Part of me and my girlfriend’s 30-movie Halloween marathon.
Name a better duo than Wes Craven and indecisive studio executives. I’ll wait.
After A Nightmare on Elm Street and The Hills Have Eyes Part II, Craven sought to pivot and do a PG-rated project; similar to what John Carpenter did with Starman, in the same vein as Short Circuit. Diana Henstell’s novel Friend seemed like solid source material, especially when adapted by screenwriter Bruce Joel Rubin, hot off the 1983 movie Brainstorm.
Alas, despite seeking a project where he could branch out from blood and guts, he was faced with a studio in Warner Bros. who wanted said blood and guts. So, per Craven himself, he had to add “the deaths of a few people, a jump for the beginning, a new closing scene, and two nightmares” in order to provide “the Wes Craven touch” Warner Bros. executives were seeking.
Clearly, the moves proved to be financially fruitful, as the film, Deadly Friend grossed $8.9 million against an $11 million budget.
That being said, Deadly Friend is still a serviceable and oft-entertaining hybrid of sci-fi and slasher sensibilities. You can tell the film was sliced and diced in post-production, as characters inexplicably know about events of which they had no part, or others refer to things they’ve said that we never heard them say. Nevertheless, there are few directors who could take a movie that frequently looks like a Full House episode, insert a scene of a robot throwing a basketball at an old lady’s head so it explodes like that famous scene in Scanners, and not make it seem incongruous.
Deadly Friend focuses on three kids, who strike up a friendship amidst peculiar and terrifying situations. Paul Conway (Matthew Laborteaux) is a boy genius; a teenager who has created a large, clever robot named BB, which has its own agency. He wins the friendship of a local paperboy named Tom (Michael Sharrett) after BB saves both their hinds from an encounter with a group of leather jacket-clad bullies. Next door to Paul and his mother (Anne Twomey) lives Samantha (Kristy Swanson, Buffy the Vampire Slayer) and her abusive, alcoholic father, Harry (Richard Marcus, Tremors).
Another miserable soul in this neighborhood is Elvira (Anne Ramsey), a nasty old lady with a habit of reaching for her shotgun anytime there appears to be a ruckus outside her gated property. On Halloween, Paul, Tom, and Sam pull a prank on the woman. It backfires, and BB is destroyed by several shotgun blasts at the hands of Elvira. The next holiday, Thanksgiving, turns even deadlier, with a drunken Harry knocking Sam down a flight of stairs, leaving her brain dead. However, Paul gets an idea. He can graft BB’s microchip into Sam’s brain to bring her back to life. He’s successful, but Sam turns into a killing machine, going after the adults in her life that have caused her the trauma that led to her young death.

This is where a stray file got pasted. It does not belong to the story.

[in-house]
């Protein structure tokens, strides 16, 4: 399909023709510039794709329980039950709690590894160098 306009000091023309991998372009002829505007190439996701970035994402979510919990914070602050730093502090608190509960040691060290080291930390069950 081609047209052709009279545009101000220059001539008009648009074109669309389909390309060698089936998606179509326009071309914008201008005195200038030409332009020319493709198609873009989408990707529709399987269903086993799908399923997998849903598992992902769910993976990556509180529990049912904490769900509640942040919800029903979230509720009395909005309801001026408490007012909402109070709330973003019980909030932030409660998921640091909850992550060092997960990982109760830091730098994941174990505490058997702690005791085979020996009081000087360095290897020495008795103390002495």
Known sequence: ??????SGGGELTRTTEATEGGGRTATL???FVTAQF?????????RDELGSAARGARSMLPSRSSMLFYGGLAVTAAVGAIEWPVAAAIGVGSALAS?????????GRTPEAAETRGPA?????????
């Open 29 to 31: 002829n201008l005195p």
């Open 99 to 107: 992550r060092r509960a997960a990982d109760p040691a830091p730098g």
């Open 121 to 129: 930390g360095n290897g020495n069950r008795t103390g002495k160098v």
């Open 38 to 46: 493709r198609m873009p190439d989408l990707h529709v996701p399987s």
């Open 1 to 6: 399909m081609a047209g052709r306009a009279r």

Remnants of the gentle teen love story Craven wanted to craft remain in-tact in Deadly Friend, specifically in early beats where Paul and Sam share moments of youthful romance. Normally, a post-production lobotomy like the one Deadly Friend underwent would leave me scoffing at the tonal inconsistencies. However, when things turn murderous, Craven’s film takes on a more improved energy that was looking to sag if the milquetoast romance had continued.
Rubin’s message is clear, despite the conflicting creative tug-of-war clearly at play. The monsters in the film are neither BB nor Sam post-op; they’re the adults, save for Paul’s mom, who is a patient sweetheart. The evilness of the grown-ups contrasted with the pure-hearted, albeit misguided, teens is one of Deadly Friend‘s many delights.
Even if they were begrudging additions to a concept that probably would’ve at least been watchable had it been granted permission to be faithful, the gore elements do provide satisfaction, especially since the kills happen to the most heinous characters. Deadly Friend has gone on to be one of the more forgotten films in Craven’s catalog, but it’s not without its own merits.
NOTE: Deadly Friend is now available to rent on multiple platforms.
Starring: Matthew Laborteaux, Kristy Swanson, Michael Sharrett, Anne Twomey, Richard Marcus, and Anne Ramsey. Directed by: Wes Craven.
Steve Pulaski has been reviewing movies since 2009 for a barrage of different outlets. He graduated North Central College in 2018 and currently works as an on-air radio personality. He also hosts a weekly movie podcast called "Sleepless with Steve," dedicated to film and the film industry, on his YouTube channel. In addition to writing, he's a die-hard Chicago Bears fan and has two cats, appropriately named Siskel and Ebert!